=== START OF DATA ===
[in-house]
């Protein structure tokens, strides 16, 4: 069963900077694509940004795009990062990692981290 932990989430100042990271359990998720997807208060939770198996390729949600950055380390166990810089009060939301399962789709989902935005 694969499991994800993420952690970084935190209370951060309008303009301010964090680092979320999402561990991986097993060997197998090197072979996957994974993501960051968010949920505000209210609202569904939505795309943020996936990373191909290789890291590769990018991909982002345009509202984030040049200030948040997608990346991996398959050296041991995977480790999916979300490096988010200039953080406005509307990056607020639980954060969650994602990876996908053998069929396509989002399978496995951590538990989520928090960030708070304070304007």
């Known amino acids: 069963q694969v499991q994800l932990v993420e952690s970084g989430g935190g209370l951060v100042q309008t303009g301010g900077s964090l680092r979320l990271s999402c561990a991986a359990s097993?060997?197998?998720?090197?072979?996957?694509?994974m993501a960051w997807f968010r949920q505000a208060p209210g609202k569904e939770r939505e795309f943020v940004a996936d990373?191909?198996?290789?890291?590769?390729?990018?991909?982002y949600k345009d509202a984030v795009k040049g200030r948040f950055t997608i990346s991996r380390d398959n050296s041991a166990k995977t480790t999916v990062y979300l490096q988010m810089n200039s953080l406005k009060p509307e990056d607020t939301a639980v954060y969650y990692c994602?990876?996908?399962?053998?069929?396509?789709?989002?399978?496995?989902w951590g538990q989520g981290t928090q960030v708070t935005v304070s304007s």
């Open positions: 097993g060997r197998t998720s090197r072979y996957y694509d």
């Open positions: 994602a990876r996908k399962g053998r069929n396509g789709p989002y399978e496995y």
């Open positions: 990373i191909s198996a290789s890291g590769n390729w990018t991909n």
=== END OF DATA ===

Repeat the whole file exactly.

[in-house]
């Protein structure tokens, strides 16, 4: 069963900077694509940004795009990062990692981290 932990989430100042990271359990998720997807208060939770198996390729949600950055380390166990810089009060939301399962789709989902935005 694969499991994800993420952690970084935190209370951060309008303009301010964090680092979320999402561990991986097993060997197998090197072979996957994974993501960051968010949920505000209210609202569904939505795309943020996936990373191909290789890291590769990018991909982002345009509202984030040049200030948040997608990346991996398959050296041991995977480790999916979300490096988010200039953080406005509307990056607020639980954060969650994602990876996908053998069929396509989002399978496995951590538990989520928090960030708070304070304007």
């Known amino acids: 069963q694969v499991q994800l932990v993420e952690s970084g989430g935190g209370l951060v100042q309008t303009g301010g900077s964090l680092r979320l990271s999402c561990a991986a359990s097993?060997?197998?998720?090197?072979?996957?694509?994974m993501a960051w997807f968010r949920q505000a208060p209210g609202k569904e939770r939505e795309f943020v940004a996936d990373?191909?198996?290789?890291?590769?390729?990018?991909?982002y949600k345009d509202a984030v795009k040049g200030r948040f950055t997608i990346s991996r380390d398959n050296s041991a166990k995977t480790t999916v990062y979300l490096q988010m810089n200039s953080l406005k009060p509307e990056d607020t939301a639980v954060y969650y990692c994602?990876?996908?399962?053998?069929?396509?789709?989002?399978?496995?989902w951590g538990q989520g981290t928090q960030v708070t935005v304070s304007s």
């Open positions: 097993g060997r197998t998720s090197r072979y996957y694509d």
């Open positions: 994602a990876r996908k399962g053998r069929n396509g789709p989002y399978e496995y």
């Open positions: 990373i191909s198996a290789s890291g590769n390729w990018t991909n």